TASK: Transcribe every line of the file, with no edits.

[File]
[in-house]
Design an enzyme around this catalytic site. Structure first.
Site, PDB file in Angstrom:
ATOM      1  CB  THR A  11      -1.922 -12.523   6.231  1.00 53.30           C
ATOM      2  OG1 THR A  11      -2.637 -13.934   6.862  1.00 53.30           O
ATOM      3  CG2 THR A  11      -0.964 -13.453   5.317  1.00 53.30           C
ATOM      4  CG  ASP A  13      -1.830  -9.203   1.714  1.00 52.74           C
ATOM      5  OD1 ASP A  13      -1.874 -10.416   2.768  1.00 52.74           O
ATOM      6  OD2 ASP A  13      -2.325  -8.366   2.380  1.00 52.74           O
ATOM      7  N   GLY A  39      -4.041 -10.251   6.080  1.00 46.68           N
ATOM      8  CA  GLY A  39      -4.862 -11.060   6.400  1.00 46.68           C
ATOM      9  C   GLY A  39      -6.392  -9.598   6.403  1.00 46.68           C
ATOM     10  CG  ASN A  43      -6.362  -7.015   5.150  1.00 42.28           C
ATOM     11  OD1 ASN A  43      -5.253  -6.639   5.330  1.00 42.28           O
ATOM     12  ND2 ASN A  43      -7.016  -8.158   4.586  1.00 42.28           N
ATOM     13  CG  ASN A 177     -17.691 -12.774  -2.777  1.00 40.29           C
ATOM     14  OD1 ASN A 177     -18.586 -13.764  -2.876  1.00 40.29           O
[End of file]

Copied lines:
[in-house]
Design an enzyme around this catalytic site. Structure first.
Site, PDB file in Angstrom:
ATOM      1  CB  THR A  11      -1.922 -12.523   6.231  1.00 53.30           C
ATOM      2  OG1 THR A  11      -2.637 -13.934   6.862  1.00 53.30           O
ATOM      3  CG2 THR A  11      -0.964 -13.453   5.317  1.00 53.30           C
ATOM      4  CG  ASP A  13      -1.830  -9.203   1.714  1.00 52.74           C
ATOM      5  OD1 ASP A  13      -1.874 -10.416   2.768  1.00 52.74           O
ATOM      6  OD2 ASP A  13      -2.325  -8.366   2.380  1.00 52.74           O
ATOM      7  N   GLY A  39      -4.041 -10.251   6.080  1.00 46.68           N
ATOM      8  CA  GLY A  39      -4.862 -11.060   6.400  1.00 46.68           C
ATOM      9  C   GLY A  39      -6.392  -9.598   6.403  1.00 46.68           C
ATOM     10  CG  ASN A  43      -6.362  -7.015   5.150  1.00 42.28           C
ATOM     11  OD1 ASN A  43      -5.253  -6.639   5.330  1.00 42.28           O
ATOM     12  ND2 ASN A  43      -7.016  -8.158   4.586  1.00 42.28           N
ATOM     13  CG  ASN A 177     -17.691 -12.774  -2.777  1.00 40.29           C
ATOM     14  OD1 ASN A 177     -18.586 -13.764  -2.876  1.00 40.29           O